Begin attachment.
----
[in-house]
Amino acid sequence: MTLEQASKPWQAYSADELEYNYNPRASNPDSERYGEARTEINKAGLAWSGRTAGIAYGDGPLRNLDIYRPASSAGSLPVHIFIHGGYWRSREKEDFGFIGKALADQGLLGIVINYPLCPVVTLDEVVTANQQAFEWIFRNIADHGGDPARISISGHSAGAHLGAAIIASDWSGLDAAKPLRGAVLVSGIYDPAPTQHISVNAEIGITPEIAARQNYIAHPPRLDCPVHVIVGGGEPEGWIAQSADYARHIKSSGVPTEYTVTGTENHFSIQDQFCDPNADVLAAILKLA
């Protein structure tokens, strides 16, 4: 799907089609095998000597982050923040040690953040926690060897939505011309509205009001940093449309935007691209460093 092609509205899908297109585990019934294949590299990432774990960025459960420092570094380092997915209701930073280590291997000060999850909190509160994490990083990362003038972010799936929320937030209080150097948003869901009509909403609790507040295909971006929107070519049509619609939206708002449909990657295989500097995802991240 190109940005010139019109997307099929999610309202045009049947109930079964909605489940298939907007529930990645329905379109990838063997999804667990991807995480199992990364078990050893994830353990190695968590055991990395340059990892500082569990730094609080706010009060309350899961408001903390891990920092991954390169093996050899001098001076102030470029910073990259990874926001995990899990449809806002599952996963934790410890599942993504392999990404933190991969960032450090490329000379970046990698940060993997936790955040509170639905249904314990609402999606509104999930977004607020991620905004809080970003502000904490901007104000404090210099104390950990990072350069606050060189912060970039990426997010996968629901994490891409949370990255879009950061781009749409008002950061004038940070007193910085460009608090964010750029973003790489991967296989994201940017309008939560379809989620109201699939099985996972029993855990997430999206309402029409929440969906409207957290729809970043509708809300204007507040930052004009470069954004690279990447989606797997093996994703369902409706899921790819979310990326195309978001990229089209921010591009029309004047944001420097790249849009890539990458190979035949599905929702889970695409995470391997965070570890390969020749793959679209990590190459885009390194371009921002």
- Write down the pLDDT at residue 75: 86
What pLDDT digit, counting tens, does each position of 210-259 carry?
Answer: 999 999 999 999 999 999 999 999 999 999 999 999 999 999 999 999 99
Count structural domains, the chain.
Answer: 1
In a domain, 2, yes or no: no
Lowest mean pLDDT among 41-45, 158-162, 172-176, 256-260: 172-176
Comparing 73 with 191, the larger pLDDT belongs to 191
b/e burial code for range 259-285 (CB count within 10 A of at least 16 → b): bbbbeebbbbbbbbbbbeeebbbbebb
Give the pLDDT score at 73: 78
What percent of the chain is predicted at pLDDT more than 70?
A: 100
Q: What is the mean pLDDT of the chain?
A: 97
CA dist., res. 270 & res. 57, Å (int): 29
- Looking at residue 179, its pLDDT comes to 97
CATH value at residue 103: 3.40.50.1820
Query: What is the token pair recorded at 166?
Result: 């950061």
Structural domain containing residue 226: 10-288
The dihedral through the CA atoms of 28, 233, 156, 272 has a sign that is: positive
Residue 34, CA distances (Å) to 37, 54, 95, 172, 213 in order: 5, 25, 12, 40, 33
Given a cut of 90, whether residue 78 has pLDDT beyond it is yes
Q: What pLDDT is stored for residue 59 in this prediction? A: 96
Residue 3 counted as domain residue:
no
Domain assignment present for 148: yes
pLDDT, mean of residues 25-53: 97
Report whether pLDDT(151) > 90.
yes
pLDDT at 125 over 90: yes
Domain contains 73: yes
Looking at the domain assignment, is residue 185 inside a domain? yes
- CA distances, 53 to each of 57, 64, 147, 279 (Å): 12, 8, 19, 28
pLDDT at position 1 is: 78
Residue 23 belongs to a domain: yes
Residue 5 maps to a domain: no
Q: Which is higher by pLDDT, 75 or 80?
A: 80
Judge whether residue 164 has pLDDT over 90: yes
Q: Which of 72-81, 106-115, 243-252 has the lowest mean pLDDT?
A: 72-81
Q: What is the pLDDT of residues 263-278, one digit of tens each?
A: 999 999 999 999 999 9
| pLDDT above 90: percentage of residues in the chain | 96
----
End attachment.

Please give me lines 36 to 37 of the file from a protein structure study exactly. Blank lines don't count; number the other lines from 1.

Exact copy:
Looking at the domain assignment, is residue 185 inside a domain? yes
- CA distances, 53 to each of 57, 64, 147, 279 (Å): 12, 8, 19, 28